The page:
The post-war stra­te­gies of German socia­lists and commu­nists were largely a reac­tion to the split in the workers’ move­ment at the begin­ning of the 20th century. By 1912, the Social Demo­cra­tic Party of Germany (SPD) had estab­lished itself as the stron­gest working-class party in Europe, secu­ring over a third of the vote and beco­ming the largest faction in the German parlia­ment. Inter­nal divi­si­ons had, howe­ver, alre­ady begun to frac­ture the party, most famously between refor­mist and revo­lu­tio­nary tenden­cies. With the outbreak of the First World War in 1914, the party ruptu­red along these pre-exis­ting lines of divi­sion. Right-wing social demo­crats endor­sed Kaiser Wilhelm’s call for a cross-class truce (“I no longer see poli­ti­cal parties; I only see Germans!”) and voted for credits to fund the war. Anti-war members of the SPD denoun­ced the party’s leader­ship and went on to form their own orga­ni­sa­ti­ons in the years that follo­wed. There were attempts to unite both refor­mist and revo­lu­tio­nary anti-war tenden­cies under the banner of the Inde­pen­dent Social Demo­cra­tic Party of Germany (USPD), but they proved inef­fec­tive at halting the war.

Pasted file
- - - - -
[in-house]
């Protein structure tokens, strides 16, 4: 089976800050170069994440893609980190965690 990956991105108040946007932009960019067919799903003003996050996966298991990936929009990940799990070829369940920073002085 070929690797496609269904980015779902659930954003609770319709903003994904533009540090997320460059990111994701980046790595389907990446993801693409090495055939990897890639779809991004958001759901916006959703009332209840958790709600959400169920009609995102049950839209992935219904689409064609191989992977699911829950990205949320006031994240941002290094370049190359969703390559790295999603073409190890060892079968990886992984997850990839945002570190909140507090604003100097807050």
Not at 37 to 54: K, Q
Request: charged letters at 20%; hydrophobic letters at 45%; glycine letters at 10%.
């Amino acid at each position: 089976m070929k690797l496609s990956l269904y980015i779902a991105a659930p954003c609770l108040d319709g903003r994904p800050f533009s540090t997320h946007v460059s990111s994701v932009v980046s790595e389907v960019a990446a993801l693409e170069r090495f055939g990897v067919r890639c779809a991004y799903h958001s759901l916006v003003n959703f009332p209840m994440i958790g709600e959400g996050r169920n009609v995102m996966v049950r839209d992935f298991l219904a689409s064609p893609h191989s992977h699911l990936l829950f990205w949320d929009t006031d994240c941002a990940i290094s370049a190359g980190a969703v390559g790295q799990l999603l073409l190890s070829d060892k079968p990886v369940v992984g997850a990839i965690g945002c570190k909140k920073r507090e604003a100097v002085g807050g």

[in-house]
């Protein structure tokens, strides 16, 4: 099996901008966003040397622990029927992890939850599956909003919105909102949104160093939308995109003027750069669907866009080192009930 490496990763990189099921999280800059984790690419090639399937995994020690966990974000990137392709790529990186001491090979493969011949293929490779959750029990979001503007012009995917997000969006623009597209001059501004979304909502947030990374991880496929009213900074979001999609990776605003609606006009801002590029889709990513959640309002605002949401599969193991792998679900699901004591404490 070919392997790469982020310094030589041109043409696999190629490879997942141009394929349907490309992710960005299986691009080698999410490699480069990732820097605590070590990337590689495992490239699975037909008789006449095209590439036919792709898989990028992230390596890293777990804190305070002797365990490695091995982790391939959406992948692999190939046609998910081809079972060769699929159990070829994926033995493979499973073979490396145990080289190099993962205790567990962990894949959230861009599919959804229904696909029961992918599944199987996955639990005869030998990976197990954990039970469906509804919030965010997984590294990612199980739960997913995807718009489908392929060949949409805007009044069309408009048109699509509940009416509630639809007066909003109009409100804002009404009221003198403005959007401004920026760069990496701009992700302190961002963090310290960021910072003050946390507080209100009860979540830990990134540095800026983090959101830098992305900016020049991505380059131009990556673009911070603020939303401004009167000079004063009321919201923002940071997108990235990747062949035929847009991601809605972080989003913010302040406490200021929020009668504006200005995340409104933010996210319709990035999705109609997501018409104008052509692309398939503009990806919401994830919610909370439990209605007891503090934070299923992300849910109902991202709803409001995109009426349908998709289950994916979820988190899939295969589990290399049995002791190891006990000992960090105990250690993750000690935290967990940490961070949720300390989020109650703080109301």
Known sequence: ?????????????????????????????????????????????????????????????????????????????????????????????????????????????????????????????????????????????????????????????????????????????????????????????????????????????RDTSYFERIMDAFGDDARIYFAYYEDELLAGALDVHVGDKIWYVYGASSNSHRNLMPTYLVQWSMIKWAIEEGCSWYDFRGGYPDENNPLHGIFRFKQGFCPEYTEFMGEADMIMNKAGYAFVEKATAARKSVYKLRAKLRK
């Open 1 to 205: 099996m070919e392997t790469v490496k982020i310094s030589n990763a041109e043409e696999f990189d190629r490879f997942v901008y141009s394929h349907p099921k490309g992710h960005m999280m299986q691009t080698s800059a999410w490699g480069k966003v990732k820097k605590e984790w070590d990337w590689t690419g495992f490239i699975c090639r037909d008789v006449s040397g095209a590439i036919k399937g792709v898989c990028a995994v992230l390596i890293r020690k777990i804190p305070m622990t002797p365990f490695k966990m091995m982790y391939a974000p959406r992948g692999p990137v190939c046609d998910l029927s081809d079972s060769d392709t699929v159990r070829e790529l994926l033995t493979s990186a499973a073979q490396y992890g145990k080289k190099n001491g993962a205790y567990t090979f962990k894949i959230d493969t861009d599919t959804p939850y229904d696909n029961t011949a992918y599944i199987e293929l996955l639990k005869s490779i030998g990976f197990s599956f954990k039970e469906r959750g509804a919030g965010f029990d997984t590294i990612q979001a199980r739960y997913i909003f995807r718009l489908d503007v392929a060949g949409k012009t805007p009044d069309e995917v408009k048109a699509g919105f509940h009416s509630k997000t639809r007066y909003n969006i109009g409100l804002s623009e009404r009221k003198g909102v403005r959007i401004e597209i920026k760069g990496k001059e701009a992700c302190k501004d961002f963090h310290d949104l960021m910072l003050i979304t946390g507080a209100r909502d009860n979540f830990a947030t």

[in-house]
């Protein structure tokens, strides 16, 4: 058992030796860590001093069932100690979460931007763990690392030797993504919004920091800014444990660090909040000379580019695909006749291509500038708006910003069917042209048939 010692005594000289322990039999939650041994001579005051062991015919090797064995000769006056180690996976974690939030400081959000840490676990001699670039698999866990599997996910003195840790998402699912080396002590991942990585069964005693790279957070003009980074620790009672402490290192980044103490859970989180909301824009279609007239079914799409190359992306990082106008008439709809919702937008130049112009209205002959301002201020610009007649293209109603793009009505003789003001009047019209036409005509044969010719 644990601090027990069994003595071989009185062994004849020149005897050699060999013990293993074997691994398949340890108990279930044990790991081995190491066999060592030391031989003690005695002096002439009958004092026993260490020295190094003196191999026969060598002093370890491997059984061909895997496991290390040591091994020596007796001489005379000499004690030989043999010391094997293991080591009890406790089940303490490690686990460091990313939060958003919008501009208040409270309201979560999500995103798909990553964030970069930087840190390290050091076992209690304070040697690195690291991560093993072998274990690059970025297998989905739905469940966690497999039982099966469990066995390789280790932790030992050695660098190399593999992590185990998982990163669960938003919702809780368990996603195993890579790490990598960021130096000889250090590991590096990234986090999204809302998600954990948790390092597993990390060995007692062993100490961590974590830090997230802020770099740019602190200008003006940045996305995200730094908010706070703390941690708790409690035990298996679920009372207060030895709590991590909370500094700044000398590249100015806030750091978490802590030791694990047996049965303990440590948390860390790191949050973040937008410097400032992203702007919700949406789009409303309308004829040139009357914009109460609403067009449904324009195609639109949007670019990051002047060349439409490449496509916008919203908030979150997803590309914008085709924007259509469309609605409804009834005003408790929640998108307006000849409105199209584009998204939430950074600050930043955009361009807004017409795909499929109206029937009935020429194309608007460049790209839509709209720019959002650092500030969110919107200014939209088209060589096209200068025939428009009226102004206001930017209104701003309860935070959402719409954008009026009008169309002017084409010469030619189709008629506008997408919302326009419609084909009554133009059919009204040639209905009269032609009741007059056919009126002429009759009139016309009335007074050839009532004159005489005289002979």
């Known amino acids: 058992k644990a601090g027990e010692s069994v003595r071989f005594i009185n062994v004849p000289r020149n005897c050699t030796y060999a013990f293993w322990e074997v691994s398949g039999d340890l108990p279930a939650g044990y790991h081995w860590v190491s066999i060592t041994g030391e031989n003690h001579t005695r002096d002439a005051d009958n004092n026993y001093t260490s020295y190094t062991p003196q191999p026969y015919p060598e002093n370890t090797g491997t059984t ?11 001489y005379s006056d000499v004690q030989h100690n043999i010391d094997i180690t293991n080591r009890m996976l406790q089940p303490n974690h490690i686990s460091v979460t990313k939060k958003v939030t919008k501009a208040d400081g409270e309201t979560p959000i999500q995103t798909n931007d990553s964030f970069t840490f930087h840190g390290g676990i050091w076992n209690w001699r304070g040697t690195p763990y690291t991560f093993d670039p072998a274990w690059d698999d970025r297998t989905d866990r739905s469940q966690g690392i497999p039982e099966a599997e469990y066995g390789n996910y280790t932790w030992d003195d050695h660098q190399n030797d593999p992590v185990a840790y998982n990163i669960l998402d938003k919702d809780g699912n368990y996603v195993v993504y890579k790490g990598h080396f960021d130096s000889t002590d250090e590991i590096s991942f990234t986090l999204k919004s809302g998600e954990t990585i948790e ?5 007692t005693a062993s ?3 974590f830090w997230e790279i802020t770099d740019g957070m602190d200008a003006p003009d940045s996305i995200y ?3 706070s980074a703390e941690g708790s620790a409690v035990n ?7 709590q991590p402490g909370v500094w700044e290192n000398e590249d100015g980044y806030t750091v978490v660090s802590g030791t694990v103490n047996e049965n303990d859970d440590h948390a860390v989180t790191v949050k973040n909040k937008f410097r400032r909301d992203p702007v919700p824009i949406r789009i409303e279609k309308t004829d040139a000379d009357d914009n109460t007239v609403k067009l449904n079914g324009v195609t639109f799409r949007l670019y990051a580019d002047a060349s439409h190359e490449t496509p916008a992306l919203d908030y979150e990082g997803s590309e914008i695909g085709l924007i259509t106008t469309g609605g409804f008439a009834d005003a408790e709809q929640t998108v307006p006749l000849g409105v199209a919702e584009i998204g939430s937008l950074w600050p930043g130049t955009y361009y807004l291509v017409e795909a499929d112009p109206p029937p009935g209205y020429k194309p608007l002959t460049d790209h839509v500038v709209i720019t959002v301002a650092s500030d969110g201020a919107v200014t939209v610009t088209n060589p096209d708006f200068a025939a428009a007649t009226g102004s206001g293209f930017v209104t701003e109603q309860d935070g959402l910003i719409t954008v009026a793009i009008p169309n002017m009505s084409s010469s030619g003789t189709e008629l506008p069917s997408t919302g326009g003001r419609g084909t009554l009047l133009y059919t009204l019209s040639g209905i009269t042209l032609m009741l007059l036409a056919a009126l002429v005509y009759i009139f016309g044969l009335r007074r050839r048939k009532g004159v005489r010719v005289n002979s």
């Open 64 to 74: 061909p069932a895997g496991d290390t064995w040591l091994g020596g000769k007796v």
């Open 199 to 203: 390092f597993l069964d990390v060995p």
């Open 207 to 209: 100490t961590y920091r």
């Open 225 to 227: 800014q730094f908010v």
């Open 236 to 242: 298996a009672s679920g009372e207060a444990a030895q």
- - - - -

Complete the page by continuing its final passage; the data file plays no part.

By 1918 it was clear that the war effort was running out of steam. After spora­dic strikes throug­hout that year, a wide-spread revolt broke out amongst German soldiers and workers in Novem­ber. In the power vacuum that follo­wed the abdi­ca­tion of the Kaiser, revo­lu­tio­na­ries within the USPD broke away to form the Commu­nist Party of Germany (KPD) and sought to secure power for the soldiers’ and workers’ coun­cils that had emer­ged. Right-wing Social Demo­crat leaders moved to prevent a social revo­lu­tion of the kind seen in Russia a year prior. Fried­rich Ebert, the leader of the SPD, assu­red the mili­ta­rist Junker class (the landed aris­to­cracy) that his party would merely erect a new repu­bli­can façade to the old social order.1 In return, the Junkers would commit the troops under their command – the so-called Frei­korps – to Ebert’s govern­ment so that the commu­nist upri­sings throug­hout Germany could be quel­led. Thou­sands of revo­lu­tio­na­ries, inclu­ding Karl Lieb­knecht and Rosa Luxem­burg, were killed in the subse­quent months.